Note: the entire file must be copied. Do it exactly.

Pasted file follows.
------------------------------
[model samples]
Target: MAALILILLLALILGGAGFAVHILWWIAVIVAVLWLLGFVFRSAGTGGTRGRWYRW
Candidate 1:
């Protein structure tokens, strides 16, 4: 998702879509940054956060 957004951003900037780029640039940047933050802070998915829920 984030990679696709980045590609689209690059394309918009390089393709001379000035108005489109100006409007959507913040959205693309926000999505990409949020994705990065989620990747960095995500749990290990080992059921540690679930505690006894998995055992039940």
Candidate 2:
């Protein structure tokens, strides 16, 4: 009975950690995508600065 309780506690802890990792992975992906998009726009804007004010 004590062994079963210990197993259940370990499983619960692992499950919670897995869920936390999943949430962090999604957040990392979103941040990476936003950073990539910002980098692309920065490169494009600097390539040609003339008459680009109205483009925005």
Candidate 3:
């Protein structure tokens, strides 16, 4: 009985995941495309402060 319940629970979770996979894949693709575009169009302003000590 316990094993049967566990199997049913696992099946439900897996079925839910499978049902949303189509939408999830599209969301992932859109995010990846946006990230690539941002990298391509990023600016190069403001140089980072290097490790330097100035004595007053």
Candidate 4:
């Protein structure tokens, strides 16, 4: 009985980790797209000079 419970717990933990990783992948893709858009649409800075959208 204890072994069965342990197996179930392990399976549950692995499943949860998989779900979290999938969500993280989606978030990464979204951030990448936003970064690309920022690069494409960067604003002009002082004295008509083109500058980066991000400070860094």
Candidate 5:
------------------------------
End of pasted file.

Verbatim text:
[model samples]
Target: MAALILILLLALILGGAGFAVHILWWIAVIVAVLWLLGFVFRSAGTGGTRGRWYRW
Candidate 1:
């Protein structure tokens, strides 16, 4: 998702879509940054956060 957004951003900037780029640039940047933050802070998915829920 984030990679696709980045590609689209690059394309918009390089393709001379000035108005489109100006409007959507913040959205693309926000999505990409949020994705990065989620990747960095995500749990290990080992059921540690679930505690006894998995055992039940």
Candidate 2:
């Protein structure tokens, strides 16, 4: 009975950690995508600065 309780506690802890990792992975992906998009726009804007004010 004590062994079963210990197993259940370990499983619960692992499950919670897995869920936390999943949430962090999604957040990392979103941040990476936003950073990539910002980098692309920065490169494009600097390539040609003339008459680009109205483009925005």
Candidate 3:
């Protein structure tokens, strides 16, 4: 009985995941495309402060 319940629970979770996979894949693709575009169009302003000590 316990094993049967566990199997049913696992099946439900897996079925839910499978049902949303189509939408999830599209969301992932859109995010990846946006990230690539941002990298391509990023600016190069403001140089980072290097490790330097100035004595007053």
Candidate 4:
């Protein structure tokens, strides 16, 4: 009985980790797209000079 419970717990933990990783992948893709858009649409800075959208 204890072994069965342990197996179930392990399976549950692995499943949860998989779900979290999938969500993280989606978030990464979204951030990448936003970064690309920022690069494409960067604003002009002082004295008509083109500058980066991000400070860094």
Candidate 5: